Self-Reflection Question 9

Today’s self-reflection question taps into what we have learned in our lifetime. The growth that we continue to experience as we age, will bring to us knowledge about ourselves and the way we process the world. The question:

“What are five things I have learned?”

will likely change as we enter different stages of our life. As a 48 year old, here are my answers:

  1. I have learned that despite who surrounds us, has shaped us, or continues to love us – we are for ourselves, the greatest agent of change.
  2. I have learned that “I am important and so are you.” In other words, it is important that we recognize our own needs and learn how to ask for them (this has been a working challenge, yet so wonderful to see results).
  3. I have learned that authenticity, grace and creating soulful moments keep me grounded. Having my two feet firmly planted gets me through the storms.
  4. I have learned the importance of movement forward. Process, action, plans, goals – they all equal growth.
  5. I have learned that laughter truly is the best medicine 🙂

What are 5 things you’ve learned?

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Photo credit: http://Photo by Jen Theodore on Unsplash

Grateful for 2019

Yesterday’s post looked at some self-reflection questions for 2020, today we look at some gratitude prompts for 2019. Taking time to jot down our answers reminds us that even in our challenges of the year, we have found moments to be grateful for:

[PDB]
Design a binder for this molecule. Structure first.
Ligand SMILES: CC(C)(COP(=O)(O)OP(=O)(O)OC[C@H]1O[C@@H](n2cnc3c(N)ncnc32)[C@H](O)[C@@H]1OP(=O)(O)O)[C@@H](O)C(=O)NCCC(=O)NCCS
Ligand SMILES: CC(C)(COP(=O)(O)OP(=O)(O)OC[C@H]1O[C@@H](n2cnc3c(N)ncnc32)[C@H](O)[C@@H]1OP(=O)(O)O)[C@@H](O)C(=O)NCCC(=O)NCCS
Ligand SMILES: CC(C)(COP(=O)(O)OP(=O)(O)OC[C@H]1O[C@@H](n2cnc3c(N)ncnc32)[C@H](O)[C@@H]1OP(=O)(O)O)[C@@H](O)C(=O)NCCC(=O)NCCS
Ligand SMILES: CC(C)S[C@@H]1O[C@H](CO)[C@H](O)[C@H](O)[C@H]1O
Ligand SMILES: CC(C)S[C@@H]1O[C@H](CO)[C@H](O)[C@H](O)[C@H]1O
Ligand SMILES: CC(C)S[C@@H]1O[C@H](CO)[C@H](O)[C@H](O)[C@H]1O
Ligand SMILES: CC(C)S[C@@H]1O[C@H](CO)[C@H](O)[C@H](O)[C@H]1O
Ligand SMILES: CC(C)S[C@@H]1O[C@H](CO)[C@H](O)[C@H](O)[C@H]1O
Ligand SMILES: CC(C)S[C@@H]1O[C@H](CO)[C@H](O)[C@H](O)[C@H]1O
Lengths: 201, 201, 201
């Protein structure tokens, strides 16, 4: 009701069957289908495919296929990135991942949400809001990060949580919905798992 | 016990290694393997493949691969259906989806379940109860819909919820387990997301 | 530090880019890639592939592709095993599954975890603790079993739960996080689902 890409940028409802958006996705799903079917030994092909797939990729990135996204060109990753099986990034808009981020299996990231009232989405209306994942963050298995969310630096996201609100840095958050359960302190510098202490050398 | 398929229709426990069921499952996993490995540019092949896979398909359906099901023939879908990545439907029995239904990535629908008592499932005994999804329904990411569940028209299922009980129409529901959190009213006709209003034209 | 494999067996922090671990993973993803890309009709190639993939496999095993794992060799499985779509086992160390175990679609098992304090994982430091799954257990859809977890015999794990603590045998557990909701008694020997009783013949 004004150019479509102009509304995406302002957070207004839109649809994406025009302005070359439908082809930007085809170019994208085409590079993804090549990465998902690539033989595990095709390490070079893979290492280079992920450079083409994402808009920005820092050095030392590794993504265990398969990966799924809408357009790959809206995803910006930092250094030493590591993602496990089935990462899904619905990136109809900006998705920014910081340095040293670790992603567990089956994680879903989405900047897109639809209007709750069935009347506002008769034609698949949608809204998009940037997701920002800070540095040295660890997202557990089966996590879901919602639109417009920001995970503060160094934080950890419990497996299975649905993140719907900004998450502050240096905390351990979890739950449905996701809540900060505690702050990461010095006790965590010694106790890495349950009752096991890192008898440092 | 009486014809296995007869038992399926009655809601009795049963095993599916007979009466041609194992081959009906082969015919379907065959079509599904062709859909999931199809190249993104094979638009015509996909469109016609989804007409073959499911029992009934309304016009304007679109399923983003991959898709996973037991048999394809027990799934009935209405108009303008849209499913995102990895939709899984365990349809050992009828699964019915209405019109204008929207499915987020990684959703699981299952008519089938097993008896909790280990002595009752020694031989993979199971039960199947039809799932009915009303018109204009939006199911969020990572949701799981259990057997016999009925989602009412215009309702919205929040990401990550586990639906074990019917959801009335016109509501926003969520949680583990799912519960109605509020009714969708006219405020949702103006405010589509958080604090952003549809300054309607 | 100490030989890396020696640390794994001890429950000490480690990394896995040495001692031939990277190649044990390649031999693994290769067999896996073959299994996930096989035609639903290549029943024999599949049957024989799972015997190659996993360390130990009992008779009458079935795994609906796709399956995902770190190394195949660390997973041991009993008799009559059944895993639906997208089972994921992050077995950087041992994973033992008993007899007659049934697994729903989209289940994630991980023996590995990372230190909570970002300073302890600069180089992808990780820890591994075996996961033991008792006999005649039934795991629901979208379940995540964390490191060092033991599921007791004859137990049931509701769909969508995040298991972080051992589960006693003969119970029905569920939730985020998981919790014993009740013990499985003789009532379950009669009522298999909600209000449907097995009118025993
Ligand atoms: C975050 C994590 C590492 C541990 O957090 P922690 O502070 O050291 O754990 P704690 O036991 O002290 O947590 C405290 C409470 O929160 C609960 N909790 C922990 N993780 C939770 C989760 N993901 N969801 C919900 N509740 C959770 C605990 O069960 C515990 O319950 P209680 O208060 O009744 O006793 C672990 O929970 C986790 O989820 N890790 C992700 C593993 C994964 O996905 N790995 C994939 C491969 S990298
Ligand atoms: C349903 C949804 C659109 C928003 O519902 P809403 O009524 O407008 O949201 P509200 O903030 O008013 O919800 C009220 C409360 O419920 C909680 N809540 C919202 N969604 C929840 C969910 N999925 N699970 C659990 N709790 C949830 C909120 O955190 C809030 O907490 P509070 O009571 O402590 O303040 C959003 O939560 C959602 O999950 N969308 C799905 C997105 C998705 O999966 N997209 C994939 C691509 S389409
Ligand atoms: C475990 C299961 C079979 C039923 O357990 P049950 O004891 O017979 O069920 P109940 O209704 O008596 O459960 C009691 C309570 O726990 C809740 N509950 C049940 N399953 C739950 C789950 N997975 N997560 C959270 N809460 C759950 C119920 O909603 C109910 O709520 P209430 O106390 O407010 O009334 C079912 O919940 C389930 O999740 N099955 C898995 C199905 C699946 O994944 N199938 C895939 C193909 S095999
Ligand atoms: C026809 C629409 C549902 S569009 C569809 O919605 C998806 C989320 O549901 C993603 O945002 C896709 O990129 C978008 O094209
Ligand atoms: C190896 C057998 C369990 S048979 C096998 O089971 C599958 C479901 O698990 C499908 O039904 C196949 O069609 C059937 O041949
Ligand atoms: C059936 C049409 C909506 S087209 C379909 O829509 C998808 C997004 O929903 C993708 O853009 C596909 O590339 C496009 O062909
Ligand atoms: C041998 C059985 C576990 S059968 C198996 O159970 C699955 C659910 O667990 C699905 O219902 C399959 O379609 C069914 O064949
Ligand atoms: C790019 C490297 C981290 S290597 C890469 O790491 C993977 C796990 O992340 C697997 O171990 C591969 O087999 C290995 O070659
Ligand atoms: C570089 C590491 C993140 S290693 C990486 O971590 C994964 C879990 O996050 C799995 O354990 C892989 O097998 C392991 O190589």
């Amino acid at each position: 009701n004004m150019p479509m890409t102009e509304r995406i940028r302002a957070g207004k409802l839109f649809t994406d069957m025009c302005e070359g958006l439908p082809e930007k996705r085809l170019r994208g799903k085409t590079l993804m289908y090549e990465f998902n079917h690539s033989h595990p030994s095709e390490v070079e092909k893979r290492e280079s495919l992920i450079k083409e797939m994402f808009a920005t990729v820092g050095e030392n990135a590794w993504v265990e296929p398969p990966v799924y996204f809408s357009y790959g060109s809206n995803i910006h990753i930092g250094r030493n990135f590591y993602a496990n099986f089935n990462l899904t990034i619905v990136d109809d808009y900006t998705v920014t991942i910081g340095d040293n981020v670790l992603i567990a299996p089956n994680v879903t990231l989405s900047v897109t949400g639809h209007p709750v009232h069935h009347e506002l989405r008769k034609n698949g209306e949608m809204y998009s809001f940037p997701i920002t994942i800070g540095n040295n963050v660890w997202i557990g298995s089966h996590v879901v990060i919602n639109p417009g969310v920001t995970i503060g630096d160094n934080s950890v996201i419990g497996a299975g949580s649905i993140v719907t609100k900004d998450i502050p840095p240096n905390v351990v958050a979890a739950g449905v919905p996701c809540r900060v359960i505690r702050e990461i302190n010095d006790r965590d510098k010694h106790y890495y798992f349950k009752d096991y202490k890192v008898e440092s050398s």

• A memory I am grateful for:
  • A person in my life this past year who made a difference to me:
  • A change in the past year that I am grateful for:
  • A strength of mine that I am thankful for:
  • Something that comforted me in the past year:
  • Something that I learned about myself in the past year (to which I am grateful):
  • A challenge that I was grateful for:
  • A memory in nature that I am thankful for:
  • A memory of a trip I took:
  • Something new I tried this past year:
  • A decision I made in the past year I was thankful for:
  • A memory of something that I felt in my soul:

When moving into the promise of 2020, we can look back and thank the universe for 2019; paving way to a new year with acceptance and gratitude. 🙂

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Photo credit: http://Photo by Danil Aksenov on Unsplash

Self-Reflection Goals for 2020

Coming upon the turn into a new year, we often begin thinking about New Year’s Resolutions. This post is similar, but instead are listed a series of simple statements that we can use as smaller stepping stones to bigger goals:

  • A book I’d like to read:
  • A movie or TV series I would like to re-watch:
  • A self-care activity I would like to increase: